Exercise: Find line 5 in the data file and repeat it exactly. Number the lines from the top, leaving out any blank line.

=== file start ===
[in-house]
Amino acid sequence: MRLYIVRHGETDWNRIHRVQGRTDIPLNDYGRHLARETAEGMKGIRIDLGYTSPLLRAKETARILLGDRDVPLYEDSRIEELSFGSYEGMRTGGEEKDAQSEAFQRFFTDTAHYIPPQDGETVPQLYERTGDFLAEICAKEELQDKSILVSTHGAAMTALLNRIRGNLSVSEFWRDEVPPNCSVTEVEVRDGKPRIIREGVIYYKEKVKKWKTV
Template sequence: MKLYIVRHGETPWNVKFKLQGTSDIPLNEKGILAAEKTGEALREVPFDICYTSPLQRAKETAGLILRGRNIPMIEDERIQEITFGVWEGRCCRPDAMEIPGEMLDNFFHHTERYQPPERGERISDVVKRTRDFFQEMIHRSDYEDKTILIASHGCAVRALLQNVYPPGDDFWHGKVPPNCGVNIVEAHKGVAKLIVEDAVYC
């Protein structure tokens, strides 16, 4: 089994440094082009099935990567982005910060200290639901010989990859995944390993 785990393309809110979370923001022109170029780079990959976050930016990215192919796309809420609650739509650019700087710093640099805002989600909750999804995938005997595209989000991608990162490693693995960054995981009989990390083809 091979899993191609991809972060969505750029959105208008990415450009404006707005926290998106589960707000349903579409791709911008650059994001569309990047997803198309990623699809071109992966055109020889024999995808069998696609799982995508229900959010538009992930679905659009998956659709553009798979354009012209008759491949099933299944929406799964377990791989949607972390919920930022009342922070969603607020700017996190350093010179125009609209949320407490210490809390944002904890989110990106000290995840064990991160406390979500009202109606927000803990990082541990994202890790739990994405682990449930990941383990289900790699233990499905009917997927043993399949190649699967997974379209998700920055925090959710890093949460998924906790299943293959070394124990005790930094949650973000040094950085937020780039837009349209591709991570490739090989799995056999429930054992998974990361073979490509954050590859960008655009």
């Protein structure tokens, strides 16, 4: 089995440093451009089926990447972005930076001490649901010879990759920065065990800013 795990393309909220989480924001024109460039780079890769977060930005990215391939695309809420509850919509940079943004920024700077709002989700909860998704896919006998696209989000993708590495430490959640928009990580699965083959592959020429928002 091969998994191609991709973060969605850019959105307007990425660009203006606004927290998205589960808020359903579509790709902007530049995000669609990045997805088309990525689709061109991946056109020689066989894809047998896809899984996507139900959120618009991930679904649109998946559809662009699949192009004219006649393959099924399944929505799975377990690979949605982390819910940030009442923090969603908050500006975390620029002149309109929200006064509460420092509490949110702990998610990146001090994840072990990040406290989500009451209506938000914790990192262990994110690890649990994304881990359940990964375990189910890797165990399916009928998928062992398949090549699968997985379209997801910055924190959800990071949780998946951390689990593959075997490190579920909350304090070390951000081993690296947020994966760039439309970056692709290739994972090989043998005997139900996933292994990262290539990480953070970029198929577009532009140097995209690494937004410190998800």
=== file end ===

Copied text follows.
């Protein structure tokens, strides 16, 4: 089995440093451009089926990447972005930076001490649901010879990759920065065990800013 795990393309909220989480924001024109460039780079890769977060930005990215391939695309809420509850919509940079943004920024700077709002989700909860998704896919006998696209989000993708590495430490959640928009990580699965083959592959020429928002 091969998994191609991709973060969605850019959105307007990425660009203006606004927290998205589960808020359903579509790709902007530049995000669609990045997805088309990525689709061109991946056109020689066989894809047998896809899984996507139900959120618009991930679904649109998946559809662009699949192009004219006649393959099924399944929505799975377990690979949605982390819910940030009442923090969603908050500006975390620029002149309109929200006064509460420092509490949110702990998610990146001090994840072990990040406290989500009451209506938000914790990192262990994110690890649990994304881990359940990964375990189910890797165990399916009928998928062992398949090549699968997985379209997801910055924190959800990071949780998946951390689990593959075997490190579920909350304090070390951000081993690296947020994966760039439309970056692709290739994972090989043998005997139900996933292994990262290539990480953070970029198929577009532009140097995209690494937004410190998800």